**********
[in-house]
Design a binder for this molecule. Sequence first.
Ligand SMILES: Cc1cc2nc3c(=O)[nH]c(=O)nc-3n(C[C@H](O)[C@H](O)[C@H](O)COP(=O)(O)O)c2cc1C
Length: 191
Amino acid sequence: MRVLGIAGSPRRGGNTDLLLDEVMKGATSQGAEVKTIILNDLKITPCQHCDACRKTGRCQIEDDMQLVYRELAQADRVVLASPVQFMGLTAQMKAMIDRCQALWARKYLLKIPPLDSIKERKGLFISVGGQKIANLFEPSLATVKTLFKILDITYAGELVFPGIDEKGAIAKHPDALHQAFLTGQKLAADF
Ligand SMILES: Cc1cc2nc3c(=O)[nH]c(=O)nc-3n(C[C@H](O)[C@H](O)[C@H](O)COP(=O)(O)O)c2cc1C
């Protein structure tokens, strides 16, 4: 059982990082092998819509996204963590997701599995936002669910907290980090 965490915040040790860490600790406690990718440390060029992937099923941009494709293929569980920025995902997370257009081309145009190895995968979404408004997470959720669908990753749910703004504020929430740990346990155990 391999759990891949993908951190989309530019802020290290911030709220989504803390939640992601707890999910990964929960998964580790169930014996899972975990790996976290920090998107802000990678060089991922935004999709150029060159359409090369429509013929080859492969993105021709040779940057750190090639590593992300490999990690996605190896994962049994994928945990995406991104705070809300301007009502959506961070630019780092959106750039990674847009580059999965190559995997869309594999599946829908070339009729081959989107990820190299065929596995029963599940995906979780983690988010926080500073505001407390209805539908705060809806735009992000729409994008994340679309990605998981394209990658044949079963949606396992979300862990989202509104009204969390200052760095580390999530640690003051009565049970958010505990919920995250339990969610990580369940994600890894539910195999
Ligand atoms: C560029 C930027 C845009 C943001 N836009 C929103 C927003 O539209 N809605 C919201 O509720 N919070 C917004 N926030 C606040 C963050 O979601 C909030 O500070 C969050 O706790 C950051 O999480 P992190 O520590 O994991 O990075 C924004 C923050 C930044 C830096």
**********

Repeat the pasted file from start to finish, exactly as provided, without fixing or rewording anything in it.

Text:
[in-house]
Design a binder for this molecule. Sequence first.
Ligand SMILES: Cc1cc2nc3c(=O)[nH]c(=O)nc-3n(C[C@H](O)[C@H](O)[C@H](O)COP(=O)(O)O)c2cc1C
Length: 191
Amino acid sequence: MRVLGIAGSPRRGGNTDLLLDEVMKGATSQGAEVKTIILNDLKITPCQHCDACRKTGRCQIEDDMQLVYRELAQADRVVLASPVQFMGLTAQMKAMIDRCQALWARKYLLKIPPLDSIKERKGLFISVGGQKIANLFEPSLATVKTLFKILDITYAGELVFPGIDEKGAIAKHPDALHQAFLTGQKLAADF
Ligand SMILES: Cc1cc2nc3c(=O)[nH]c(=O)nc-3n(C[C@H](O)[C@H](O)[C@H](O)COP(=O)(O)O)c2cc1C
């Protein structure tokens, strides 16, 4: 059982990082092998819509996204963590997701599995936002669910907290980090 965490915040040790860490600790406690990718440390060029992937099923941009494709293929569980920025995902997370257009081309145009190895995968979404408004997470959720669908990753749910703004504020929430740990346990155990 391999759990891949993908951190989309530019802020290290911030709220989504803390939640992601707890999910990964929960998964580790169930014996899972975990790996976290920090998107802000990678060089991922935004999709150029060159359409090369429509013929080859492969993105021709040779940057750190090639590593992300490999990690996605190896994962049994994928945990995406991104705070809300301007009502959506961070630019780092959106750039990674847009580059999965190559995997869309594999599946829908070339009729081959989107990820190299065929596995029963599940995906979780983690988010926080500073505001407390209805539908705060809806735009992000729409994008994340679309990605998981394209990658044949079963949606396992979300862990989202509104009204969390200052760095580390999530640690003051009565049970958010505990919920995250339990969610990580369940994600890894539910195999
Ligand atoms: C560029 C930027 C845009 C943001 N836009 C929103 C927003 O539209 N809605 C919201 O509720 N919070 C917004 N926030 C606040 C963050 O979601 C909030 O500070 C969050 O706790 C950051 O999480 P992190 O520590 O994991 O990075 C924004 C923050 C930044 C830096």